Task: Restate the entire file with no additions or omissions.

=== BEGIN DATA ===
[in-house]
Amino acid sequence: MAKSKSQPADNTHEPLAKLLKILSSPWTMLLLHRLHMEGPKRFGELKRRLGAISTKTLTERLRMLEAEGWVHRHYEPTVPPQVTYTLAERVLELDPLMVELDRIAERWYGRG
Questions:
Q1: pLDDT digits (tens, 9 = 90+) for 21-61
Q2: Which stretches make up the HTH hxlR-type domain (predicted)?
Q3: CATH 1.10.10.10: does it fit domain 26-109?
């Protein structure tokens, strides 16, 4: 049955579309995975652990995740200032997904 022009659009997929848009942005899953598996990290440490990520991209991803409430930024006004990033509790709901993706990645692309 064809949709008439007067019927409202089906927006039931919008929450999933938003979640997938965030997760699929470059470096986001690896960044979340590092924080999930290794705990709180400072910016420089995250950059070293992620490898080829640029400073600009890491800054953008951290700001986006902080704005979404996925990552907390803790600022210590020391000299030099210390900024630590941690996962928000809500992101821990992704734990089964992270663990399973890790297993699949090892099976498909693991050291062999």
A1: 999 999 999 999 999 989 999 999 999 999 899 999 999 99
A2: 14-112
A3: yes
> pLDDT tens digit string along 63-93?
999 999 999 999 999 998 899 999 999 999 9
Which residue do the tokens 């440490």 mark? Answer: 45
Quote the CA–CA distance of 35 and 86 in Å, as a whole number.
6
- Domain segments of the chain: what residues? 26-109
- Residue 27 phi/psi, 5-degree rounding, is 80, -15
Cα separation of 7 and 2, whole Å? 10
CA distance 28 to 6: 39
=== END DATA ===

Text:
[in-house]
Amino acid sequence: MAKSKSQPADNTHEPLAKLLKILSSPWTMLLLHRLHMEGPKRFGELKRRLGAISTKTLTERLRMLEAEGWVHRHYEPTVPPQVTYTLAERVLELDPLMVELDRIAERWYGRG
Questions:
Q1: pLDDT digits (tens, 9 = 90+) for 21-61
Q2: Which stretches make up the HTH hxlR-type domain (predicted)?
Q3: CATH 1.10.10.10: does it fit domain 26-109?
């Protein structure tokens, strides 16, 4: 049955579309995975652990995740200032997904 022009659009997929848009942005899953598996990290440490990520991209991803409430930024006004990033509790709901993706990645692309 064809949709008439007067019927409202089906927006039931919008929450999933938003979640997938965030997760699929470059470096986001690896960044979340590092924080999930290794705990709180400072910016420089995250950059070293992620490898080829640029400073600009890491800054953008951290700001986006902080704005979404996925990552907390803790600022210590020391000299030099210390900024630590941690996962928000809500992101821990992704734990089964992270663990399973890790297993699949090892099976498909693991050291062999």
A1: 999 999 999 999 999 989 999 999 999 999 899 999 999 99
A2: 14-112
A3: yes
> pLDDT tens digit string along 63-93?
999 999 999 999 999 998 899 999 999 999 9
Which residue do the tokens 């440490």 mark? Answer: 45
Quote the CA–CA distance of 35 and 86 in Å, as a whole number.
6
- Domain segments of the chain: what residues? 26-109
- Residue 27 phi/psi, 5-degree rounding, is 80, -15
Cα separation of 7 and 2, whole Å? 10
CA distance 28 to 6: 39